Pat Pilgrim knows a thing or two about scales of efficiency. Taking his father Bo Pilgrim's (of Pilgrim's Pride) model of vertical integration production from chicken farming to cotton ginning, Pat's PPF Gin in Cooper, Texas is bringing life back to the cotton production in the northeast land market region.
Here's the big takeaway from the "Turning Soil, Northeast Texas Croplands Evolve" article from the Texas A&M Real Estate Center's Erin Kiella, John, Robinson, and Charles E. Gilliland:
"Pilgrim's program offers contracted growers a predetermined price for cotton while providing planting seed, fertilizer, other chemical inputs, agronomic consulting, picking/hauling, ginning, and warehousing services. According to Texas A&M AgriLife planning budgets (agecoext.tamu.edu/resources/crop-livestock-budgets/), the most likely (least variable) of these input costs represents at least 50 percent of total cotton production costs traditionally paid by farmers. This represents a substantial sharing of the financial risk of cotton production. Pilgrim also selects the cotton variety planted each season, focusing on the needs of the end product."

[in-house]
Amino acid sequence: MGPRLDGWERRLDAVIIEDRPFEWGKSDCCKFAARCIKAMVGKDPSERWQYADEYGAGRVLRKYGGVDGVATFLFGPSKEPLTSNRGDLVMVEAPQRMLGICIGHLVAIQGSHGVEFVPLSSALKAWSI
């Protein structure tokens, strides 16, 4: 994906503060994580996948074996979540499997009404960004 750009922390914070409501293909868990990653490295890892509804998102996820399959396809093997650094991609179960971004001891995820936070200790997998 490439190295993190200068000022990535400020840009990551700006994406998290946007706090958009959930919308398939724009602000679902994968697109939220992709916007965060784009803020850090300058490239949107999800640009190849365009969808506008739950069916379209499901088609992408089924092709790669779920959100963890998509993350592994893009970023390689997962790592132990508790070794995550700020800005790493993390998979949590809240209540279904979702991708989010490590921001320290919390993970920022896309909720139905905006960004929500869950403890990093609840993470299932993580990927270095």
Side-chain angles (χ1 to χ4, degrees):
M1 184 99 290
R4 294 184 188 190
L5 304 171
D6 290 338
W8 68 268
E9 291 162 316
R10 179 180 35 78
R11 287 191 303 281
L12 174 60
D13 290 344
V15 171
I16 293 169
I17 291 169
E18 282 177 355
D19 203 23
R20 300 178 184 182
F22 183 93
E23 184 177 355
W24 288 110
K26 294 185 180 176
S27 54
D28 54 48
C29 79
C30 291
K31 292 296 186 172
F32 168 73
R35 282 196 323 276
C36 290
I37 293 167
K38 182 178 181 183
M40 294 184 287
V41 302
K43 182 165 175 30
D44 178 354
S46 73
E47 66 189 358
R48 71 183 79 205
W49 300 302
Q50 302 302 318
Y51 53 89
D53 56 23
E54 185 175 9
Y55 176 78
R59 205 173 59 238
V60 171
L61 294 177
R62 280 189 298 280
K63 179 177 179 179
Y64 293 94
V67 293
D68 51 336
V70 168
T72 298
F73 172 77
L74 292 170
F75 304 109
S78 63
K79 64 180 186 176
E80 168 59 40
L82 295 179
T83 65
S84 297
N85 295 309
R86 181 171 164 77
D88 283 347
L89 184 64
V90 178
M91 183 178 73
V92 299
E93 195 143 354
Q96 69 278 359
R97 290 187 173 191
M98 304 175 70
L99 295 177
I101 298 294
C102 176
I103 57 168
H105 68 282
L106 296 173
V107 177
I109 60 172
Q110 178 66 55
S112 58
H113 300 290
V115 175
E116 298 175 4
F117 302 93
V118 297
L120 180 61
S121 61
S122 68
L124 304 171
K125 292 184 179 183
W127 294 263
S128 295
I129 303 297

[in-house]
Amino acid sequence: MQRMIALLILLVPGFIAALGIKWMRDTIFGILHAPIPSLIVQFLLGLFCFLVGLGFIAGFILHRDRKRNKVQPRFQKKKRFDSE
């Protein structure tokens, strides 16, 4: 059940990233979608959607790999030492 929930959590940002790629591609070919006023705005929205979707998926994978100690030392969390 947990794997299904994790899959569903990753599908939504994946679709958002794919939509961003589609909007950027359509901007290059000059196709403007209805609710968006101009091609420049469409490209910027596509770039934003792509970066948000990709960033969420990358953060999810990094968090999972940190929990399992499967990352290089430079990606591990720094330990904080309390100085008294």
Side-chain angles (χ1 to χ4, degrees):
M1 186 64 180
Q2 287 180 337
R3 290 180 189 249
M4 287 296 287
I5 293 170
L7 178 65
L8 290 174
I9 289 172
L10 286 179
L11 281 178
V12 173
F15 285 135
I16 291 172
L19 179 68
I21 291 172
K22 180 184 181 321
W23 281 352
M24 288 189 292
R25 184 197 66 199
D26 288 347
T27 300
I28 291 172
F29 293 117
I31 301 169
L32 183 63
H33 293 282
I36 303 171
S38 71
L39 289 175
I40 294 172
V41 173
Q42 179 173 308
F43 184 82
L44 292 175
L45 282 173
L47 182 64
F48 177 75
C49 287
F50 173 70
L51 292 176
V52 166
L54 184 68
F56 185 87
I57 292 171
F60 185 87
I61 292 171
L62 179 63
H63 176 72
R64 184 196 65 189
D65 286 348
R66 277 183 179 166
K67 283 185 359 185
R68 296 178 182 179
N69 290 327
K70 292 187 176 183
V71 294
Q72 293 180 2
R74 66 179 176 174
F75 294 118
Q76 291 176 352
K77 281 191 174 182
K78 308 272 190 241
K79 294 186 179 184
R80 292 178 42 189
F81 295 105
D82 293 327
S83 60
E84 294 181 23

"Reflecting these agricultural production realities, land markets in the nine counties studied showed increased volatility in price and volume beginning in the 2000s (Figures 4 and 5). Although the region is heavily influenced by recreational land purchases from nearby metropolitan areas, those purchases are characterized by smaller acreage sold at higher per-acre values."
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